There’s always been the rumor that women are more prone to cavities than men, but is it true? In short, women are in fact more likely to get cavities, and it’s mainly due to hormones. However, it’s been argued that other factors could potentially play a big role in why women generally have more cavities.
From a cultural standpoint, women are much more likely than men to be the stay at home partner that takes care of the family. In turn, this also means that women have generally been responsible for cooking throughout history. This leads to nibbling, which increases the chances of cavities.
During pregnancy, women often have cravings for sweet foods. This is especially prominent in the third trimester. As most people know, sweet foods increase your chances for cavities due to the high sugar content, and this is a strong argument point in reasoning why women are more prone to cavities.
While there are a few lifestyle changes that could support the fact that women get more cavities than men, hormones seem to be the biggest underlying factor behind it all. The two main hormones that females produce are oestrogen and progesterone.
Oestrogen is a vital sex hormone heavily produced in puberty years for the development of breasts, the uterus, and many other female features. It has also been linked to increase the likelihood of tooth decay. Oestrogen also increases during pregnancy, making sweet foods even more dangerous to consume.
Women hormones also cause them to produce less saliva than their male counterparts. Saliva is a natural way that the body cleans the mouth, and producing less of it will obviously lead to negative results. Lack of saliva is often referred to as xerostomia. Pregnant women are much more likely to have xerostomia occur, further increasing their odds of cavities. The chemical compound of the saliva is also changed and it becomes less potent for cleaning the mouth as its antimicrobial capacity declines.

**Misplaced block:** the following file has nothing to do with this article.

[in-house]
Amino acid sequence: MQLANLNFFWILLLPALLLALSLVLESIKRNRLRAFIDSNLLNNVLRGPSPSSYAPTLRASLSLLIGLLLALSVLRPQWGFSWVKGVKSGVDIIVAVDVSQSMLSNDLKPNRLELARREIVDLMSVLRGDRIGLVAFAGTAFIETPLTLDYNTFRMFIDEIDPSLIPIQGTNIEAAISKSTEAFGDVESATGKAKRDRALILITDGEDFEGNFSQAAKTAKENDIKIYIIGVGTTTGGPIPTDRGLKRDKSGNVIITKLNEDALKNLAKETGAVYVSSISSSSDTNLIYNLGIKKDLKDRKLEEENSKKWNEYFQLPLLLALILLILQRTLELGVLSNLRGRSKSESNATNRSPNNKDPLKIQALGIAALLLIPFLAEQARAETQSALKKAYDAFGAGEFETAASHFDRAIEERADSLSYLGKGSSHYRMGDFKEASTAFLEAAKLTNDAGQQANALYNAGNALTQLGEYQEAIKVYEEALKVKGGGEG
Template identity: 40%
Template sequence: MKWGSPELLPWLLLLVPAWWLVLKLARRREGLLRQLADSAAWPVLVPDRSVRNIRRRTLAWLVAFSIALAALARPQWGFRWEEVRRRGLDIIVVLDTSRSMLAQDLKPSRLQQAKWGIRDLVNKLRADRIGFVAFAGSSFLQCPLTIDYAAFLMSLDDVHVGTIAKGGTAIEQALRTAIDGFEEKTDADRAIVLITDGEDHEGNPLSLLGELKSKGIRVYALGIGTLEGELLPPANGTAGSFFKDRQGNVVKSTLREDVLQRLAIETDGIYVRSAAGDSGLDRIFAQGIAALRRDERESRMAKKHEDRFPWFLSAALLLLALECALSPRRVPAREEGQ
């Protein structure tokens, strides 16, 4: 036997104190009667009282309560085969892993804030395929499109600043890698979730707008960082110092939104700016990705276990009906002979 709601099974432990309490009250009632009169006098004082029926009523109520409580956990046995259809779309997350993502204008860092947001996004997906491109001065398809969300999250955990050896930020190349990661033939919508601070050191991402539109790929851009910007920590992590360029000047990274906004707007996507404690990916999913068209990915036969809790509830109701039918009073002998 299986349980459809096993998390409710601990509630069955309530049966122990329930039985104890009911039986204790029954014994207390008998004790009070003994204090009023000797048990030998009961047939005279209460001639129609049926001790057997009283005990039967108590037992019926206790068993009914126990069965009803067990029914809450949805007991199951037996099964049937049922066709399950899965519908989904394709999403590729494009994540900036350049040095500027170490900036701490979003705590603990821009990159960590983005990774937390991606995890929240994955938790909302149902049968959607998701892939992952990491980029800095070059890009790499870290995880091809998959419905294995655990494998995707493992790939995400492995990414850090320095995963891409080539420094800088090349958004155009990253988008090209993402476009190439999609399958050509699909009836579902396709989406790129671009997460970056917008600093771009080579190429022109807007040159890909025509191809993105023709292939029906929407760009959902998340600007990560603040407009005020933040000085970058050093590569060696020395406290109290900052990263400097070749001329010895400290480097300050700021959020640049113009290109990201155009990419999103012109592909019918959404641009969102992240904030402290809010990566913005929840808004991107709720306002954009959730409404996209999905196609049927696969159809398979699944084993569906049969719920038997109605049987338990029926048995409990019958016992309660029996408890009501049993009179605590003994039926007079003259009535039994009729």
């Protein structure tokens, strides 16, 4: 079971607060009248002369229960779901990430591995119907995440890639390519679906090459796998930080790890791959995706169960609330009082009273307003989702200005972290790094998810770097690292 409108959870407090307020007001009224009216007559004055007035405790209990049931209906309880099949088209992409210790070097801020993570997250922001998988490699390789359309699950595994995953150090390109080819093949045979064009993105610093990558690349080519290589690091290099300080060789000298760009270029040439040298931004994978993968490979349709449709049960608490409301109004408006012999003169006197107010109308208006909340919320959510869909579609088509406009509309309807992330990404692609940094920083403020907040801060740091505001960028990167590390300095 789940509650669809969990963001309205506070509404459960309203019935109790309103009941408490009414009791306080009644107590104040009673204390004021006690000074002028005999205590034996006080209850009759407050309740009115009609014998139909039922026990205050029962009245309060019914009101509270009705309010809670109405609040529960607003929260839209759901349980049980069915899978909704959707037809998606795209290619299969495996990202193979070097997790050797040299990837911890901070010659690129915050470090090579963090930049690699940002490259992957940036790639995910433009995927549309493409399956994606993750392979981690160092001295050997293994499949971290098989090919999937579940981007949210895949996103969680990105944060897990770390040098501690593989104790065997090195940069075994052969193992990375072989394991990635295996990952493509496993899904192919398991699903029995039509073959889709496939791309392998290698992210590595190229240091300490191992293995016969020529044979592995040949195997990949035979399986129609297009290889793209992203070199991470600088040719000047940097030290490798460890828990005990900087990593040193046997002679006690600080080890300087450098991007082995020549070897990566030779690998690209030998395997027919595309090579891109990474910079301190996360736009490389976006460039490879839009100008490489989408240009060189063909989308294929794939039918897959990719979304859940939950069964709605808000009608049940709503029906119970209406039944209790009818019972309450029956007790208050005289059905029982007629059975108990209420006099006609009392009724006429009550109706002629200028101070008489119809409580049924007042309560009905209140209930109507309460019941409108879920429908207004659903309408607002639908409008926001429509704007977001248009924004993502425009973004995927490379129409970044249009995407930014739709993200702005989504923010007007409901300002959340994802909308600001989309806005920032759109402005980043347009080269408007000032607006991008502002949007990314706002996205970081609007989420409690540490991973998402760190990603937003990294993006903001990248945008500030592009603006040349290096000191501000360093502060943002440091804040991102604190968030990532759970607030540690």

The Bright Side
While it’s true that naturally women are more likely to get cavities, that doesn’t mean that their oral hygiene is less than men’s. Men are much more likely to get gum diseases because they brush and floss less frequently than the average female. While it’s true that men have to put less effort into oral hygiene to stay healthy, a larger portion of men will do just that. Women take better care of their mouth overall, and it’s mainly nature’s fault for the statistical advantage that men have with oral hygiene.
Women overall have a higher chance of cavities, but pregnant women stomp the average person statistically. While pregnant, it’s vital that you take good care of your teeth by brushing and flossing after each meal. Mouth wash is also a good option after brushing just to make sure you eliminate all bacteria, but be careful not to swallow or use it too often since the alcohol content can harm a child. Luckily, women are more responsible with their oral hygiene and it does help balance the scales a little bit.